Sarah Vaughan

Born Mar 27, 1924

Sarah Lois Vaughan was an American jazz singer, described by Scott Yanow as having "one of the most wondrous voices of the 20th century. " Nicknamed "Sailor" (for her salty speech), "Sassy" and "The Divine One", Sarah Vaughan was a Grammy Award winner. The National Endowment for the Arts bestowed upon her its "highest honor in jazz", the NEA Jazz Masters Award, in 1989.… Read More

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1924 Birth Born on March 27, 1924.
1931 7 Years Old Vaughan initially attended Newark's East Side High School, later transferring to Newark Arts High School, which had opened in 1931 as the United States' first arts "magnet" high school. … Read More


1942 18 Years Old Some time in the fall of 1942 (by which time she was 18 years old), Vaughan suggested that Robinson enter the Apollo Theater Amateur Night contest. … Read More
After a considerable delay, Vaughan was contacted by the Apollo in the spring of 1943 to open for Ella Fitzgerald. … Read More


Vaughan accepted Eckstine's invitation to join his new band in 1944, giving her an opportunity to develop her musicianship with the seminal figures in this era of jazz.
1945 21 Years Old 1 More Event
Vaughan began her solo career in 1945 by freelancing in clubs on New York's 52nd Street such as the Three Deuces, the Famous Door, the Downbeat and the Onyx Club. … Read More
After being invited by violinist Stuff Smith to record the song "Time and Again" in October, Vaughan was offered a contract to record for the Musicraft label by owner Albert Marx, although she would not begin recording as a leader for Musicraft until May 7, 1946. … Read More
Vaughan's recording success for Musicraft continued through 1947 and 1948.
1948 24 Years Old Her recording of "Nature Boy" from April 8, 1948, became a hit around the time the better known Nat King Cole version of the song was released. … Read More
The musicians union ban pushed Musicraft to the brink of bankruptcy and Vaughan used the missed royalty payments as an opportunity to sign with the larger Columbia record label. Following the settling of the legal issues, her chart successes continued with the charting of "Black Coffee" in the summer of 1949. … Read More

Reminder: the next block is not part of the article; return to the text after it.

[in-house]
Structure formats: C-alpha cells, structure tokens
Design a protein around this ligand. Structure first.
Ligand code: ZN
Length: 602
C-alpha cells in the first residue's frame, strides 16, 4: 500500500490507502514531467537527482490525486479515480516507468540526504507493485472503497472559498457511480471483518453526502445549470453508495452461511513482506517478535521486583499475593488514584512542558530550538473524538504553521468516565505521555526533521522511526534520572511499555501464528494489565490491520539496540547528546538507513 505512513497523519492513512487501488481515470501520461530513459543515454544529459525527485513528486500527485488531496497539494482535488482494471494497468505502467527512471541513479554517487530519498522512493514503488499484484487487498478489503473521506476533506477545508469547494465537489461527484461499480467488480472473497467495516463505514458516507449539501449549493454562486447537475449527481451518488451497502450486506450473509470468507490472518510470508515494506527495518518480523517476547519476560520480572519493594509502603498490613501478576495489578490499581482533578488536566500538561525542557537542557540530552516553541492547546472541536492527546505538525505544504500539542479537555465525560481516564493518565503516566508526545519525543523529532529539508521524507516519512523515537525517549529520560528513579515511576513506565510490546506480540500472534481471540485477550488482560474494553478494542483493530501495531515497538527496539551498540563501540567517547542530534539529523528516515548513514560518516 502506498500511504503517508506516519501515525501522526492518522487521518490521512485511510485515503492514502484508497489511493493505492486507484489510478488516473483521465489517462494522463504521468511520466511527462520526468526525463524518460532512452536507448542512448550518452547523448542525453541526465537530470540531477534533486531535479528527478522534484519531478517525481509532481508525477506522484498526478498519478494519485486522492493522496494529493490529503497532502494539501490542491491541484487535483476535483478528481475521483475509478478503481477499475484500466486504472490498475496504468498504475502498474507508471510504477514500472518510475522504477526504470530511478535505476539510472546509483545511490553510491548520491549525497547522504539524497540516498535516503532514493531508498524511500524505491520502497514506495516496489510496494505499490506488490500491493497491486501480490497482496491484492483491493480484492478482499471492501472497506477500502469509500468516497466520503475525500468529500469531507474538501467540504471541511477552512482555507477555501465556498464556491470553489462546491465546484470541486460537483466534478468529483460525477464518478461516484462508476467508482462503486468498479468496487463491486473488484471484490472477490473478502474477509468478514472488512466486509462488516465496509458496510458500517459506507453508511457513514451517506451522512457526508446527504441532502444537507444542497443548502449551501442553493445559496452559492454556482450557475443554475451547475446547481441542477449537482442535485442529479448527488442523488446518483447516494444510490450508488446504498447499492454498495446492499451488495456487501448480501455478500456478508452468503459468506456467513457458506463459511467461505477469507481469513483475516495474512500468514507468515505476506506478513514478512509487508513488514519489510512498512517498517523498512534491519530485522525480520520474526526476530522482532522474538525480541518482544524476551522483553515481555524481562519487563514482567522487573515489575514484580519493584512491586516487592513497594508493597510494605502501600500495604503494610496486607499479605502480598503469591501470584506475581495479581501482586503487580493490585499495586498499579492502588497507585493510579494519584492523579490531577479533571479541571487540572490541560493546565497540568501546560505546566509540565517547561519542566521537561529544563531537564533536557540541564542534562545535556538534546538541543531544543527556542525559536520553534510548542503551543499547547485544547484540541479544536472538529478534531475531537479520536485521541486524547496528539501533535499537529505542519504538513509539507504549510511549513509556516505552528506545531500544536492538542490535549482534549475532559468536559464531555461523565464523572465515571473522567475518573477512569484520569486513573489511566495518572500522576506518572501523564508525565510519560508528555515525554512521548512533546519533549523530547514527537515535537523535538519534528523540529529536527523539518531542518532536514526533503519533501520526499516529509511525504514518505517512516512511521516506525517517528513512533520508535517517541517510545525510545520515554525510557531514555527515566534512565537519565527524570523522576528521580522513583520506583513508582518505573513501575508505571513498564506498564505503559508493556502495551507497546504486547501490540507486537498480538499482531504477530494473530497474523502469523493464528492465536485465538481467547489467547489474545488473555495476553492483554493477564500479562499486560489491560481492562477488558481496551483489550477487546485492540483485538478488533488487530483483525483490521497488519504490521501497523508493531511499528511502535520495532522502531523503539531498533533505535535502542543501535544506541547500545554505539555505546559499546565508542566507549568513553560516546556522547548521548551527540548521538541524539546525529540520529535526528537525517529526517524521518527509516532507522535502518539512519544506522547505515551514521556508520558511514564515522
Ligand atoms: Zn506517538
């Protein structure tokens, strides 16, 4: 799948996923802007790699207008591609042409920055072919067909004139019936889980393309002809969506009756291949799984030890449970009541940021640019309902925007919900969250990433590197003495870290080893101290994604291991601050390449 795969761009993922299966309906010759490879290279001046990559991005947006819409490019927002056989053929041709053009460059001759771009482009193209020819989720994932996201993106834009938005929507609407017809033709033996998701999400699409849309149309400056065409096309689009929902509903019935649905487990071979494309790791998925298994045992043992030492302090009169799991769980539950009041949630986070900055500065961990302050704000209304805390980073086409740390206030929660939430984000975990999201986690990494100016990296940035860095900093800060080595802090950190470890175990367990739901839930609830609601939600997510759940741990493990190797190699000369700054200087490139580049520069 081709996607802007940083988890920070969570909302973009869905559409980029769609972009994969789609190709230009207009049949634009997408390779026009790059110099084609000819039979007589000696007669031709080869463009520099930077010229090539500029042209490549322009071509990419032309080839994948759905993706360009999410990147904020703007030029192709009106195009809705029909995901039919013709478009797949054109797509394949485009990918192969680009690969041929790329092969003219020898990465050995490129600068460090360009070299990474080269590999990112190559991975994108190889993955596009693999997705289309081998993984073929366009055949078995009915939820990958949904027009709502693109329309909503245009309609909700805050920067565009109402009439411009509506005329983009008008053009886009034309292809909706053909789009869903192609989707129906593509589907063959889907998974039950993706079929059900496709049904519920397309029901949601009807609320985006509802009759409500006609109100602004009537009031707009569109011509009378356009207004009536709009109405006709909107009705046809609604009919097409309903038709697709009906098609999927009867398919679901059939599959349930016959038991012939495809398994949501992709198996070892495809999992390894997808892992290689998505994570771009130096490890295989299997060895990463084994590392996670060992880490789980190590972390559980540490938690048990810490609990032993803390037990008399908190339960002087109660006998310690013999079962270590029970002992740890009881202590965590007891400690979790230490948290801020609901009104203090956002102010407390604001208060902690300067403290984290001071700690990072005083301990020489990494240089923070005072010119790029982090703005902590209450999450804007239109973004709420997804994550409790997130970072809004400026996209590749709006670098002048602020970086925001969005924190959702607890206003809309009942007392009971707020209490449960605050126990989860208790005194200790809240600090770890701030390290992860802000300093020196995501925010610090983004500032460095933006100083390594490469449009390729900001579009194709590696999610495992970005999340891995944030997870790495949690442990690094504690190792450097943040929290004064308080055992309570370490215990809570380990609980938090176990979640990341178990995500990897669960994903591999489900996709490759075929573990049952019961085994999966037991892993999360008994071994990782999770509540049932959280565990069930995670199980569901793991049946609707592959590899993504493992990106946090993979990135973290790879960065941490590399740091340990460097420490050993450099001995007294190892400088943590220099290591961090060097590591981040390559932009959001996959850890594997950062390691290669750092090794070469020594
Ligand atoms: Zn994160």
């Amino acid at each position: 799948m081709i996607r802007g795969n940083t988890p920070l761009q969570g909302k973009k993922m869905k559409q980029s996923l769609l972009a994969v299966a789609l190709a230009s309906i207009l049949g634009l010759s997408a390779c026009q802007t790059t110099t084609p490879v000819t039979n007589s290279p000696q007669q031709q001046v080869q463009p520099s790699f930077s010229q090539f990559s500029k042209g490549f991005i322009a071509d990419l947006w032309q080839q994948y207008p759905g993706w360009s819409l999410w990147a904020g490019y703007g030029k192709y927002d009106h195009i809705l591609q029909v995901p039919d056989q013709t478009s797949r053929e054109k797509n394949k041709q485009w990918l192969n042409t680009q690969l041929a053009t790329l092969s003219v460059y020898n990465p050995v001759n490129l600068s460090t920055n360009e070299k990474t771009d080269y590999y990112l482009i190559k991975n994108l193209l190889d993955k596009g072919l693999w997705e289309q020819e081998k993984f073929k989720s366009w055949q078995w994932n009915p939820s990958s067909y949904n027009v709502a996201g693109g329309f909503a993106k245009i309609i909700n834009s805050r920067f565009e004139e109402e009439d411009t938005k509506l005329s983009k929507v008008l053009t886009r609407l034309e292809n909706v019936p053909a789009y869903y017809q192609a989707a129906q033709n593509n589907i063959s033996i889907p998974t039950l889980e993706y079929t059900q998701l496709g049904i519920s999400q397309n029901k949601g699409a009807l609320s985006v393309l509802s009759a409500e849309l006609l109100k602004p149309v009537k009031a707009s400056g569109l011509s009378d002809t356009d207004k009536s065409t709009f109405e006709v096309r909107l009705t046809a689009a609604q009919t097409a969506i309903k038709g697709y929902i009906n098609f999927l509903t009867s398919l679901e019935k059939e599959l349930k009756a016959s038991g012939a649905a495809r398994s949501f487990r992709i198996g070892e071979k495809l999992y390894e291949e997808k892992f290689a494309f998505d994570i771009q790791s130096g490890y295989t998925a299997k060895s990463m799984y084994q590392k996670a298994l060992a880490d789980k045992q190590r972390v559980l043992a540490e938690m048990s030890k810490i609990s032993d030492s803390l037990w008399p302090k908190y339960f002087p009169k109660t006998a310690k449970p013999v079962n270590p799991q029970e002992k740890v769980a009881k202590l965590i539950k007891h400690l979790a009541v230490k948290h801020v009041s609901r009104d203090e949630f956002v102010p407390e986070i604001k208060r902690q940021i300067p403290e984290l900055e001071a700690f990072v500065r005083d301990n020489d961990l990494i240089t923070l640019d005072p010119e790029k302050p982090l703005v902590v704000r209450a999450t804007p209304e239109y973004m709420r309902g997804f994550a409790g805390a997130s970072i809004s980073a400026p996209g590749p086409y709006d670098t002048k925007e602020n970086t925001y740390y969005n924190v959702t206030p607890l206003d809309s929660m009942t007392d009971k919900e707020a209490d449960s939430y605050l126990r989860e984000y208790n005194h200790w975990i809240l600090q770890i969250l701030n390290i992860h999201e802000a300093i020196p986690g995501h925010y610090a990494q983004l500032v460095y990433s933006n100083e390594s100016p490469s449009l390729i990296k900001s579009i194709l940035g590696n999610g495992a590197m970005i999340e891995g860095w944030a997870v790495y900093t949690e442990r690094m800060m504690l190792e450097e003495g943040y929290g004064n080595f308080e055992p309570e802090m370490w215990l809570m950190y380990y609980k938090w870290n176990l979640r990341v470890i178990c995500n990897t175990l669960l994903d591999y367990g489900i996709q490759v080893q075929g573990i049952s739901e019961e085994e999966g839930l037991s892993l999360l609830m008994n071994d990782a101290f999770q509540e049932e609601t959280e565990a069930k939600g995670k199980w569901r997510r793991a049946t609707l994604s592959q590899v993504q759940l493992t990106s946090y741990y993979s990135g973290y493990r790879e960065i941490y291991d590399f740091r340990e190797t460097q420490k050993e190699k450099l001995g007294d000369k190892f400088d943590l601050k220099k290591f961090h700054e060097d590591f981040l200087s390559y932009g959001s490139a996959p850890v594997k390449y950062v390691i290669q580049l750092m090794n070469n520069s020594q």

1950 26 Years Old Vaughan's relationship with Columbia Records also soured as she became dissatisfied with the commercial material she was required to record and lackluster financial success of her records. A set of small group sides recorded in 1950 with Miles Davis and Bennie Green are among the best of her career, but they were atypical of her Columbia output.
1953 29 Years Old In 1953, Treadwell negotiated a unique contract for Vaughan with Mercury Records. … Read More


Her debut Mercury recording session took place in February 1954 and she stayed with the label through 1959. … Read More
1955 - 1959 4 More Events
1960 36 Years Old 1 More Event
Vaughan began recording for Roulette in April 1960, making a string of strong large ensemble albums arranged and/or conducted by Billy May, Jimmy Jones, Joe Reisman, Quincy Jones, Benny Carter, Lalo Schifrin, and Gerald Wilson.
1961 37 Years Old In 1961 Vaughn and Atkins adopted a daughter, Deborah Lois Atkins, known professionally as Paris Vaughan.
However, the relationship with Atkins proved difficult and violent so, following a series of incidents, she filed for divorce in November 1963. … Read More


1967 - 1970 3 More Events
1971 47 Years Old 1 More Event
The seventies also heralded a rebirth in Vaughan's recording activity. In 1971, Bob Shad, who had worked with her as producer at Mercury Records, asked her to record for his new record label, Mainstream Records.
1972 48 Years Old In April 1972, Vaughan recorded a collection of ballads written, arranged and conducted by Michel Legrand. … Read More
1973 49 Years Old 1 More Event
Vaughan also recorded Live in Japan, a live album in Tokyo with her trio in September 1973. … Read More


Unfortunately, Vaughan's relationship with Mainstream soured in 1974, allegedly in a conflict precipitated by Fisher over an album cover photograph and/or unpaid royalties. … Read More
1975 51 Years Old The concert was a success and Thomas and Vaughan repeated the performance with Thomas' home orchestra in Buffalo, New York, followed by appearances in 1975 and 1976 with other symphony orchestras in the United States. … Read More
In 1977, Vaughan terminated her personal and professional relationship with Marshall Fisher. … Read More
1980 56 Years Old 1 More Event
…  In the summer of 1980, Vaughan received a plaque on 52nd Street outside the CBS Building (Black Rock) commemorating the jazz clubs she had once frequented on "Swing Street" and which had long since been demolished and replaced with office buildings.


1984 60 Years Old 1 More Event
She made a guest appearance in 1984 on Barry Manilow's 2:00 AM Paradise Cafe, an album of original pastiche compositions that featured a number of established jazz artists.
1986 - 1988 3 More Events
In 1989, Quincy Jones' album Back on the Block featured Vaughan in a brief scatting duet with Ella Fitzgerald. … Read More
1990 66 Years Old Vaughan returned to her home in California to begin chemotherapy and spent her final months alternating stays in the hospital and at home. Vaughan grew weary of the struggle and demanded to be taken home, where she died on the evening of April 3, 1990, while watching a television movie featuring her daughter, a week after her 66th birthday. … Read More
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